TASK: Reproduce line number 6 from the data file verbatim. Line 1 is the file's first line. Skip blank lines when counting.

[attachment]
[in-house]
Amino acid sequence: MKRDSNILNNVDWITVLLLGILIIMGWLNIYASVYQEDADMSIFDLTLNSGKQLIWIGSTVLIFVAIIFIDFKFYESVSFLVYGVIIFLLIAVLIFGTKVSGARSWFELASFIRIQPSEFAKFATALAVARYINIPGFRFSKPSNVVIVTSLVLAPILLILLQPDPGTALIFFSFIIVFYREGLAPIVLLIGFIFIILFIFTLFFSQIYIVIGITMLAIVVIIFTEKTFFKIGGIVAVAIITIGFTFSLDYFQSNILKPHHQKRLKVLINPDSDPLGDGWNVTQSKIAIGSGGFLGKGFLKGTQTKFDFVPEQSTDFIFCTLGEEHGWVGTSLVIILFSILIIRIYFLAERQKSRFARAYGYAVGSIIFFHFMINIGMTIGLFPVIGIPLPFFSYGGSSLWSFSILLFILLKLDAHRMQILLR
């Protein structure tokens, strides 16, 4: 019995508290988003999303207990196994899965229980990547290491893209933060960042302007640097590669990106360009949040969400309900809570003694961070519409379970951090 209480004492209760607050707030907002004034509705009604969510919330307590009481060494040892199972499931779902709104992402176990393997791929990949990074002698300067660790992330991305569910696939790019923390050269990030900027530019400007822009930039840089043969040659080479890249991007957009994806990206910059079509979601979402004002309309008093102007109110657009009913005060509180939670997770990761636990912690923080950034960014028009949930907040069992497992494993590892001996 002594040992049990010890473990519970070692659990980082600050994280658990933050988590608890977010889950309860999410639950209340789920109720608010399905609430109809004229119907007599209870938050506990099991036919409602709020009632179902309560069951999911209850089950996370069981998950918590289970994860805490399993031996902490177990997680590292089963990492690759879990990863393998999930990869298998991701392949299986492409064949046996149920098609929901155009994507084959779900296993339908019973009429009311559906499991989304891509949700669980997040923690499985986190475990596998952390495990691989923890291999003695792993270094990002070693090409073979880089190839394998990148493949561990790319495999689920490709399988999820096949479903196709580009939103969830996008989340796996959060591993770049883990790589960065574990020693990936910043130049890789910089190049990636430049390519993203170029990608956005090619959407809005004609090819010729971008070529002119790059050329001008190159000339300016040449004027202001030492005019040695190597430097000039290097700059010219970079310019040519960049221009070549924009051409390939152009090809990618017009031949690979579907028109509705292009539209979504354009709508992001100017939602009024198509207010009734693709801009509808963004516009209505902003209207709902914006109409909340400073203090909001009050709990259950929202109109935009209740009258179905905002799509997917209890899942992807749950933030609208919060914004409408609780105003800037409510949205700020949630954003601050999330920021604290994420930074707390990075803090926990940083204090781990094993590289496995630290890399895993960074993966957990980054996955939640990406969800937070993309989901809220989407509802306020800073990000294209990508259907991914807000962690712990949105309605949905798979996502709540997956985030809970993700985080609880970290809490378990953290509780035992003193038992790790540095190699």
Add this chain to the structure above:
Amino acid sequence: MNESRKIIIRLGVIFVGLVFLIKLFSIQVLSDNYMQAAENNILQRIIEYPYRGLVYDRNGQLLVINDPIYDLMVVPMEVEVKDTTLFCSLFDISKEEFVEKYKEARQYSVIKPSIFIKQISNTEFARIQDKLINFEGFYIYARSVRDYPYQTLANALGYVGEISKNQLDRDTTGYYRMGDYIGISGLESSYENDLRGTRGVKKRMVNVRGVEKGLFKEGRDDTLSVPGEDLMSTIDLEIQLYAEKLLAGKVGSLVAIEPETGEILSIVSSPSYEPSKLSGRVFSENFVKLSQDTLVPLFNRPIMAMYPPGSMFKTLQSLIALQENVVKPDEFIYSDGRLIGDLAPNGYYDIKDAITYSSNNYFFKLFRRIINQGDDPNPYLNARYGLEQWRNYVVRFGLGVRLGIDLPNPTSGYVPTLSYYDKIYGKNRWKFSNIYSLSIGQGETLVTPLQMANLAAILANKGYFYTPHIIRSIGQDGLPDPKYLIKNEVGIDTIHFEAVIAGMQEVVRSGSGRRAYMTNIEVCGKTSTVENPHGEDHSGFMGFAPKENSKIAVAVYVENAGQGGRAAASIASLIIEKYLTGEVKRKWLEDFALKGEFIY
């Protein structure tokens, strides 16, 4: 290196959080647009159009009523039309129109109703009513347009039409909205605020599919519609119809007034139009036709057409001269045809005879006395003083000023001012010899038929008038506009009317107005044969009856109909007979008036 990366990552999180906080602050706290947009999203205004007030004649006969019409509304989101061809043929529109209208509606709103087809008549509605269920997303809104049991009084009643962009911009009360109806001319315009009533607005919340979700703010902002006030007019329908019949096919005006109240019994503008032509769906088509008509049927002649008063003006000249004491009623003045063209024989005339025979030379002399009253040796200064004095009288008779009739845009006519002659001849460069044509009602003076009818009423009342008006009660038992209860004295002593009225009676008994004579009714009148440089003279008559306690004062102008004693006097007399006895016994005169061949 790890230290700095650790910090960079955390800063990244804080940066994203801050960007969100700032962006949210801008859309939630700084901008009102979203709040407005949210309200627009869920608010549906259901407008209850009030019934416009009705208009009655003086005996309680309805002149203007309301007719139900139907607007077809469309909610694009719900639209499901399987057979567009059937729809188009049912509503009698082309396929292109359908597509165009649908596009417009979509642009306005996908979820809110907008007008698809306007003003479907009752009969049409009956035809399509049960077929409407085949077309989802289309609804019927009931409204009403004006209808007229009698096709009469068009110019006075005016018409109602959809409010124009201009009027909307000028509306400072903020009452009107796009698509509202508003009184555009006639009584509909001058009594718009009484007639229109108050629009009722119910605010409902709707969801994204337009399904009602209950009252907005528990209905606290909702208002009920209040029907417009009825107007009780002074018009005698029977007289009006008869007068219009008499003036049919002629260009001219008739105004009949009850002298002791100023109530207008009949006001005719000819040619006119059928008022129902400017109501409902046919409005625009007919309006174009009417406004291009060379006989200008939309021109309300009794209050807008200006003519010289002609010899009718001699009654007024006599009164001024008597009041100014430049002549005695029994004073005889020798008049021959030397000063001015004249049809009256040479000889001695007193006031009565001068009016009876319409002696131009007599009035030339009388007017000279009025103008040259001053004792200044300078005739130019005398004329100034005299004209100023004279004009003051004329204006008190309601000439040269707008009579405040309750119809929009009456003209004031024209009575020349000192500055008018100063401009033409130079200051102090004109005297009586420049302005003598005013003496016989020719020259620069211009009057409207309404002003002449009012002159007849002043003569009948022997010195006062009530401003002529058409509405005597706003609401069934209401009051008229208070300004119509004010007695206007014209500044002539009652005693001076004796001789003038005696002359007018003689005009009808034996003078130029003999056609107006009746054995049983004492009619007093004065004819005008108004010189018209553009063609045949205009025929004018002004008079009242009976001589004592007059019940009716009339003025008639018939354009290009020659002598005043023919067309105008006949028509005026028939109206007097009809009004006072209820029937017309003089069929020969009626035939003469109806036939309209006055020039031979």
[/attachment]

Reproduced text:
């Protein structure tokens, strides 16, 4: 290196959080647009159009009523039309129109109703009513347009039409909205605020599919519609119809007034139009036709057409001269045809005879006395003083000023001012010899038929008038506009009317107005044969009856109909007979008036 990366990552999180906080602050706290947009999203205004007030004649006969019409509304989101061809043929529109209208509606709103087809008549509605269920997303809104049991009084009643962009911009009360109806001319315009009533607005919340979700703010902002006030007019329908019949096919005006109240019994503008032509769906088509008509049927002649008063003006000249004491009623003045063209024989005339025979030379002399009253040796200064004095009288008779009739845009006519002659001849460069044509009602003076009818009423009342008006009660038992209860004295002593009225009676008994004579009714009148440089003279008559306690004062102008004693006097007399006895016994005169061949 790890230290700095650790910090960079955390800063990244804080940066994203801050960007969100700032962006949210801008859309939630700084901008009102979203709040407005949210309200627009869920608010549906259901407008209850009030019934416009009705208009009655003086005996309680309805002149203007309301007719139900139907607007077809469309909610694009719900639209499901399987057979567009059937729809188009049912509503009698082309396929292109359908597509165009649908596009417009979509642009306005996908979820809110907008007008698809306007003003479907009752009969049409009956035809399509049960077929409407085949077309989802289309609804019927009931409204009403004006209808007229009698096709009469068009110019006075005016018409109602959809409010124009201009009027909307000028509306400072903020009452009107796009698509509202508003009184555009006639009584509909001058009594718009009484007639229109108050629009009722119910605010409902709707969801994204337009399904009602209950009252907005528990209905606290909702208002009920209040029907417009009825107007009780002074018009005698029977007289009006008869007068219009008499003036049919002629260009001219008739105004009949009850002298002791100023109530207008009949006001005719000819040619006119059928008022129902400017109501409902046919409005625009007919309006174009009417406004291009060379006989200008939309021109309300009794209050807008200006003519010289002609010899009718001699009654007024006599009164001024008597009041100014430049002549005695029994004073005889020798008049021959030397000063001015004249049809009256040479000889001695007193006031009565001068009016009876319409002696131009007599009035030339009388007017000279009025103008040259001053004792200044300078005739130019005398004329100034005299004209100023004279004009003051004329204006008190309601000439040269707008009579405040309750119809929009009456003209004031024209009575020349000192500055008018100063401009033409130079200051102090004109005297009586420049302005003598005013003496016989020719020259620069211009009057409207309404002003002449009012002159007849002043003569009948022997010195006062009530401003002529058409509405005597706003609401069934209401009051008229208070300004119509004010007695206007014209500044002539009652005693001076004796001789003038005696002359007018003689005009009808034996003078130029003999056609107006009746054995049983004492009619007093004065004819005008108004010189018209553009063609045949205009025929004018002004008079009242009976001589004592007059019940009716009339003025008639018939354009290009020659002598005043023919067309105008006949028509005026028939109206007097009809009004006072209820029937017309003089069929020969009626035939003469109806036939309209006055020039031979």